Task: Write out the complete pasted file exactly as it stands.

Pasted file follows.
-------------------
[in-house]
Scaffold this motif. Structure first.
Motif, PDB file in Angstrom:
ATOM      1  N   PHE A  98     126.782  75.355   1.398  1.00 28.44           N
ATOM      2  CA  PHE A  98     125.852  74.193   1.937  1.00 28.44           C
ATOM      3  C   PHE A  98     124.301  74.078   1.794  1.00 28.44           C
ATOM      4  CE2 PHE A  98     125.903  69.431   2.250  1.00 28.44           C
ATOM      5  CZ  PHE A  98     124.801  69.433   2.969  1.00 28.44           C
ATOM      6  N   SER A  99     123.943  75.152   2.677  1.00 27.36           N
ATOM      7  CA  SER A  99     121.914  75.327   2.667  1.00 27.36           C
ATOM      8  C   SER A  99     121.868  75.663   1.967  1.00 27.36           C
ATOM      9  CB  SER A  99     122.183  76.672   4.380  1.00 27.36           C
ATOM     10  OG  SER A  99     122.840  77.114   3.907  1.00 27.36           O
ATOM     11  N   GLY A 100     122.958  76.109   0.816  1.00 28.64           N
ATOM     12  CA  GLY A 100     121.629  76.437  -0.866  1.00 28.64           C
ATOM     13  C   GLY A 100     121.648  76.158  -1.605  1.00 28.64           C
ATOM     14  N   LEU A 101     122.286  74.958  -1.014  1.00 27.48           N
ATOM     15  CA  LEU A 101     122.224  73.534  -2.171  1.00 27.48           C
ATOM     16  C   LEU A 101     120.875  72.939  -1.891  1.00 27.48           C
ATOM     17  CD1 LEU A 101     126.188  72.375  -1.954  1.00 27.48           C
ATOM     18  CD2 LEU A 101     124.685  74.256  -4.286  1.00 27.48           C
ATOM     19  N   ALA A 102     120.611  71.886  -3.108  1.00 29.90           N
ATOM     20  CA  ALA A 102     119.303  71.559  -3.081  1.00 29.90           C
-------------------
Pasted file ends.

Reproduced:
[in-house]
Scaffold this motif. Structure first.
Motif, PDB file in Angstrom:
ATOM      1  N   PHE A  98     126.782  75.355   1.398  1.00 28.44           N
ATOM      2  CA  PHE A  98     125.852  74.193   1.937  1.00 28.44           C
ATOM      3  C   PHE A  98     124.301  74.078   1.794  1.00 28.44           C
ATOM      4  CE2 PHE A  98     125.903  69.431   2.250  1.00 28.44           C
ATOM      5  CZ  PHE A  98     124.801  69.433   2.969  1.00 28.44           C
ATOM      6  N   SER A  99     123.943  75.152   2.677  1.00 27.36           N
ATOM      7  CA  SER A  99     121.914  75.327   2.667  1.00 27.36           C
ATOM      8  C   SER A  99     121.868  75.663   1.967  1.00 27.36           C
ATOM      9  CB  SER A  99     122.183  76.672   4.380  1.00 27.36           C
ATOM     10  OG  SER A  99     122.840  77.114   3.907  1.00 27.36           O
ATOM     11  N   GLY A 100     122.958  76.109   0.816  1.00 28.64           N
ATOM     12  CA  GLY A 100     121.629  76.437  -0.866  1.00 28.64           C
ATOM     13  C   GLY A 100     121.648  76.158  -1.605  1.00 28.64           C
ATOM     14  N   LEU A 101     122.286  74.958  -1.014  1.00 27.48           N
ATOM     15  CA  LEU A 101     122.224  73.534  -2.171  1.00 27.48           C
ATOM     16  C   LEU A 101     120.875  72.939  -1.891  1.00 27.48           C
ATOM     17  CD1 LEU A 101     126.188  72.375  -1.954  1.00 27.48           C
ATOM     18  CD2 LEU A 101     124.685  74.256  -4.286  1.00 27.48           C
ATOM     19  N   ALA A 102     120.611  71.886  -3.108  1.00 29.90           N
ATOM     20  CA  ALA A 102     119.303  71.559  -3.081  1.00 29.90           C